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Under the FMLA, Employers Have the Right to Ask for Medical Proof

Oct 24, 2014

Chicago, IL (Law Firm Newswire) October 24, 2014 – The Family and Medical Leave Act (FMLA) is applicable to all state, local and federal government and private employers with at least 50 workers who live within a 75-mile radius.

“For employees to be eligible for leave, they must have worked for at least 12 months and 1,250 hours prior to starting leave. Many workers do not know that by law, employers are not required to provide paid sick leave. However, they are in certain situations mandated to permit employees to take up to 12 weeks of unpaid leave,” Timothy Coffey, a Chicago employment lawyer, explained. 

Unless the need for leave is an emergency, the employer must get at least 30 days written notice, complete with proof of why the leave is required.
In order to grant unpaid sick leave under the FMLA, the employer has the right to ask for proof that a employee has a serious illness, impairment, injury, mental or physical condition that needs ongoing or inpatient medical care.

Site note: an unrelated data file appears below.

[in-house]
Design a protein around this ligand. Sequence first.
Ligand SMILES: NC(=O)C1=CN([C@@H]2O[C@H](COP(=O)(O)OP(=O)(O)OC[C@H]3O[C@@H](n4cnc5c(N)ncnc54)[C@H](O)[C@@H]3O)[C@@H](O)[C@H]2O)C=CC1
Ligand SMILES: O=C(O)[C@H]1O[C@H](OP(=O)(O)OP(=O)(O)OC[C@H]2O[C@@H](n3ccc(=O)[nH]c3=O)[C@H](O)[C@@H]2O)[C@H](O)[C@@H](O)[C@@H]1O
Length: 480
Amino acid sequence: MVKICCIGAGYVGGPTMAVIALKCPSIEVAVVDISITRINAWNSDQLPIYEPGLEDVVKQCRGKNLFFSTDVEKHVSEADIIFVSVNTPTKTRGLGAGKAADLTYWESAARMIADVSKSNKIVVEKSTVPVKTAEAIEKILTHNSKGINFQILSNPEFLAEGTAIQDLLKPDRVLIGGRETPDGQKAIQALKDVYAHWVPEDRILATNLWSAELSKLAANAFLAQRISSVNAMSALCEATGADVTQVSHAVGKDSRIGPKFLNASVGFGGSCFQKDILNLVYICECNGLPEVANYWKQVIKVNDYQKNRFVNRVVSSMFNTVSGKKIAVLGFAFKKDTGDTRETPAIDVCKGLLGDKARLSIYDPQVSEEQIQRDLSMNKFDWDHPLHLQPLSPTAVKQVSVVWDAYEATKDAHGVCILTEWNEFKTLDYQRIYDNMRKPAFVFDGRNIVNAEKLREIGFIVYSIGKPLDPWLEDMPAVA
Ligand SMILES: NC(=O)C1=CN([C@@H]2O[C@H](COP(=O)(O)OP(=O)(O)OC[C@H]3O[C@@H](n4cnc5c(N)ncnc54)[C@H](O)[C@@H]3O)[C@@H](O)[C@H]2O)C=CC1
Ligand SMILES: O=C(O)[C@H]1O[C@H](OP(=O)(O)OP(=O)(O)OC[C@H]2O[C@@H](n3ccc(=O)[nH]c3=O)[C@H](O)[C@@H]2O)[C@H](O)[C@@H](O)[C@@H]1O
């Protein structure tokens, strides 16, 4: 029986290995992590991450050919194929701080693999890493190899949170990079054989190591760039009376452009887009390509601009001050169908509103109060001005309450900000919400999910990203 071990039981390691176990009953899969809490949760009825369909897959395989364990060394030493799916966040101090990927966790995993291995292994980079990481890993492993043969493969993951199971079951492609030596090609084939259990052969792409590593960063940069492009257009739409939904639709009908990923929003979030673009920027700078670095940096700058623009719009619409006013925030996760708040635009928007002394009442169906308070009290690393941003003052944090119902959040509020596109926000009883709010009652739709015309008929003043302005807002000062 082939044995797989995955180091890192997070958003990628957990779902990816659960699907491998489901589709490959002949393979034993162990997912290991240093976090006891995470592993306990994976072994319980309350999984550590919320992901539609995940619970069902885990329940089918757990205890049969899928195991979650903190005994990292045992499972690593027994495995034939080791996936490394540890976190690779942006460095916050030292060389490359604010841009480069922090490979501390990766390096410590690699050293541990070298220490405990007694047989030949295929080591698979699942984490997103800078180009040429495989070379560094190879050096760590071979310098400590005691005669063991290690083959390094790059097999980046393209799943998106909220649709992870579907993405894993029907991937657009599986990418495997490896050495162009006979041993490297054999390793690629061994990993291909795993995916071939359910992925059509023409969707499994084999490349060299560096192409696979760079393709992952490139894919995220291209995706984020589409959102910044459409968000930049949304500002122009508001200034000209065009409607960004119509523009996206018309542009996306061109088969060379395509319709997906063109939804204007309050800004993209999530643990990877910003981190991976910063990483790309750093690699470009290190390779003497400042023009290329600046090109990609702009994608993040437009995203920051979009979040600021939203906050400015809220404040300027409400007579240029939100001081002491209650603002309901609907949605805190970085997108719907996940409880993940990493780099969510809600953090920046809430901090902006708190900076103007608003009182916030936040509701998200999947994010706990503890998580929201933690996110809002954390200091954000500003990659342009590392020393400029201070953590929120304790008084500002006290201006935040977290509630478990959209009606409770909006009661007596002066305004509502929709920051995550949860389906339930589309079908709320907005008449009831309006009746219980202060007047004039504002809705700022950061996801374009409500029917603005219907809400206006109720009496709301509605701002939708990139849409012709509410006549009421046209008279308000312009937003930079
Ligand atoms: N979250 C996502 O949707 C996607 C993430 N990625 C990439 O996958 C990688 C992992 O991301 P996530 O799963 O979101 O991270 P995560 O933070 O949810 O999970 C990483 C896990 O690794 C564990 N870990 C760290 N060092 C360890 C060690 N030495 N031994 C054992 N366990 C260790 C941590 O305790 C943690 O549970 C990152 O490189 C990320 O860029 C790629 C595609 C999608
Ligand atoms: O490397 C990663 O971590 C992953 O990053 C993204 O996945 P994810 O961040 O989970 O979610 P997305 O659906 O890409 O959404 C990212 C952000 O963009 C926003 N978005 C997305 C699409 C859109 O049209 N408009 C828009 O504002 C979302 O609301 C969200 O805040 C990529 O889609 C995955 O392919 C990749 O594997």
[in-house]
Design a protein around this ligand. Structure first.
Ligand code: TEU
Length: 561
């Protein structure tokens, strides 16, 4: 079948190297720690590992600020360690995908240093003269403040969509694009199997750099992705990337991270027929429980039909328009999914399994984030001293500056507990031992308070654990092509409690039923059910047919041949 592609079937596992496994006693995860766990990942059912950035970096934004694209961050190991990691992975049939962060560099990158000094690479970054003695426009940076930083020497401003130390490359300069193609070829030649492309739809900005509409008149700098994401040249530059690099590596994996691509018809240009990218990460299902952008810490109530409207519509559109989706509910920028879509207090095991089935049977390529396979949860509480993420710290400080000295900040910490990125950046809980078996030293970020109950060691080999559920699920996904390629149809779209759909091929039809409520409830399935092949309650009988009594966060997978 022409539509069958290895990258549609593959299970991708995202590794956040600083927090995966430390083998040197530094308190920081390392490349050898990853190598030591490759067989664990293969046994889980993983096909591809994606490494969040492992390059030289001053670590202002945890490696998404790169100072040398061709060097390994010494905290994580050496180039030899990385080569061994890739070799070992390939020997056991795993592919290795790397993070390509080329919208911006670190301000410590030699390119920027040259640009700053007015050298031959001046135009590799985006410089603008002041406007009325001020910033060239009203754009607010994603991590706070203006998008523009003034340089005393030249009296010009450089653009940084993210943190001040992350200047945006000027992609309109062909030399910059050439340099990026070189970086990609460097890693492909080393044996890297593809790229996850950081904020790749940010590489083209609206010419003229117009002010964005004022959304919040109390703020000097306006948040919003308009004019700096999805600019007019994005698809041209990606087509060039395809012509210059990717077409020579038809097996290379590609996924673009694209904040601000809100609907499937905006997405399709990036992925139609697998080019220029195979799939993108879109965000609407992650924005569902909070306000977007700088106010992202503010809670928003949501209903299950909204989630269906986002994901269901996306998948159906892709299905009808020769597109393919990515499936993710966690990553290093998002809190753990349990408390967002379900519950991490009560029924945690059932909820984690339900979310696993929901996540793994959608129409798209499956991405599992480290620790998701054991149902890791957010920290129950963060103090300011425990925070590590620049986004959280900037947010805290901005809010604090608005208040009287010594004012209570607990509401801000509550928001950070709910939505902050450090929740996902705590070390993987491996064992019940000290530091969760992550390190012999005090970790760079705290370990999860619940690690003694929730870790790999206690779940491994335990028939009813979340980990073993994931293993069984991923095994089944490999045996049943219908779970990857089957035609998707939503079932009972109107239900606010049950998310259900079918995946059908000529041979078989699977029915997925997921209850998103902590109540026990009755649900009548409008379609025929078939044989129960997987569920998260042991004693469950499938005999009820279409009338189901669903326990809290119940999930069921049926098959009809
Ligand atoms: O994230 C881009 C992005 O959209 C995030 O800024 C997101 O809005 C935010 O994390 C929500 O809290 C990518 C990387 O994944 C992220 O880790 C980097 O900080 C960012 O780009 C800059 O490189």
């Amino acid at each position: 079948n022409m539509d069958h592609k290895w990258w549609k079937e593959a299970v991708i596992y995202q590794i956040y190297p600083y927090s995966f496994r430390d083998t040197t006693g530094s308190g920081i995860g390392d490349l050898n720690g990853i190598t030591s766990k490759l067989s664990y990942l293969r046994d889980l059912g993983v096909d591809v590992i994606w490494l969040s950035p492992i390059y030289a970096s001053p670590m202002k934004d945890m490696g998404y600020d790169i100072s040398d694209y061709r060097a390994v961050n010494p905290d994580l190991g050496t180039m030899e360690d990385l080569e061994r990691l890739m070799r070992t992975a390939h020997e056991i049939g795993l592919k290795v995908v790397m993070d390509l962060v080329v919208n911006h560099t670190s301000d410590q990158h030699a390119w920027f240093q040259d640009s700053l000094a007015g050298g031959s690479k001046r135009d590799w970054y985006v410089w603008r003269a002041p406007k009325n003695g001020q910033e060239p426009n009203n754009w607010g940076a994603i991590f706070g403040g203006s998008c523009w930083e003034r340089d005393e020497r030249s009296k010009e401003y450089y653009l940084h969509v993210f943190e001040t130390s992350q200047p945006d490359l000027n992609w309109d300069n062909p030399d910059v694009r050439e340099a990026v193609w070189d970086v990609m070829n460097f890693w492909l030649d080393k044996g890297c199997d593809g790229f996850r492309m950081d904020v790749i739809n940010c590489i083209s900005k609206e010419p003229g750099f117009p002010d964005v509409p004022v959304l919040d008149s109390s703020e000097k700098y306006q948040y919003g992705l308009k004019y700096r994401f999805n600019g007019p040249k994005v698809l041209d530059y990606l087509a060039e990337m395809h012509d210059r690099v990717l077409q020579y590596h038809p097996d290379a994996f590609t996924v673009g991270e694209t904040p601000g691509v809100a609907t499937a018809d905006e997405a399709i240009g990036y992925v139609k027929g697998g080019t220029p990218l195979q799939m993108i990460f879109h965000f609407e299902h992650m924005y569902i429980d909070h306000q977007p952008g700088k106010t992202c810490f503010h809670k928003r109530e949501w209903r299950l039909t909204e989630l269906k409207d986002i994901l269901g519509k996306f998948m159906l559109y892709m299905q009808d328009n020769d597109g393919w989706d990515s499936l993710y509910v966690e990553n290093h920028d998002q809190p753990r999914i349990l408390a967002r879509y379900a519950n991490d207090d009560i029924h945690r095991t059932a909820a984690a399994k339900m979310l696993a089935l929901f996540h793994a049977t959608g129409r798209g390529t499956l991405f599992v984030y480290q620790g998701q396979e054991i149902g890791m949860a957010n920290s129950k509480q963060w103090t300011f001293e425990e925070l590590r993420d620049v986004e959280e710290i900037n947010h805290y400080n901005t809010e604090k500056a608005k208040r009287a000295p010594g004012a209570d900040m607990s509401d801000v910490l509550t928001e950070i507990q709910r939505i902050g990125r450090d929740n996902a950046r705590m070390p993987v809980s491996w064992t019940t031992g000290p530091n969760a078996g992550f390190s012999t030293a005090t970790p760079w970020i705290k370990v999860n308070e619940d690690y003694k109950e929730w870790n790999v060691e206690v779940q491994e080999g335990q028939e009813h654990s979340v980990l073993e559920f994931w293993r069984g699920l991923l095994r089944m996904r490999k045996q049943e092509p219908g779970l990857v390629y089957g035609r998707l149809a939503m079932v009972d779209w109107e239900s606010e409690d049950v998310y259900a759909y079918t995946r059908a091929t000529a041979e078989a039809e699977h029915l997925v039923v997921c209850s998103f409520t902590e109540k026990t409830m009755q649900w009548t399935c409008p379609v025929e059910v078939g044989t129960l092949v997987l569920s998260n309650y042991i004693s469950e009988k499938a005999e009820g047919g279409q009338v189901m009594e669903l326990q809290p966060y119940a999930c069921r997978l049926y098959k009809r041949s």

Once leave has been granted, the employer must still pay for the worker’s health insurance. Under no circumstances can the company discriminate against the worker or subject him or her to harassment for taking leave. A worker returning from FLMA leave must be able to assume his or her former job or be given an equivalent position without losing seniority, pay or benefits.

Time off is allowed in certain, limited situations. Most commonly, the FLMA goes into action because of an inability to work due to a serious medical condition or due to an immediate family member’s serious medical condition that requires care. In other circumstances, workers are permitted leave to care for a newborn, a newly adopted child or a new foster child.

Normally, the number of weeks permitted for leave is firm and unchanging. “But there is one exception to the number of weeks allowed for unpaid leave under the act. Military family members are allowed up to 26 weeks, thanks to an amendment to the FMLA in 2009. Families of National Guard or Reserve members may also take up to 12 weeks to answer a call to active duty,” added Coffey.

Anyone experiencing discrimination or harassment when applying to take leave or upon return from it should contact an experienced employment lawyer to find out what the legal options may be.

Learn more at http://www.employmentlawcounsel.com/

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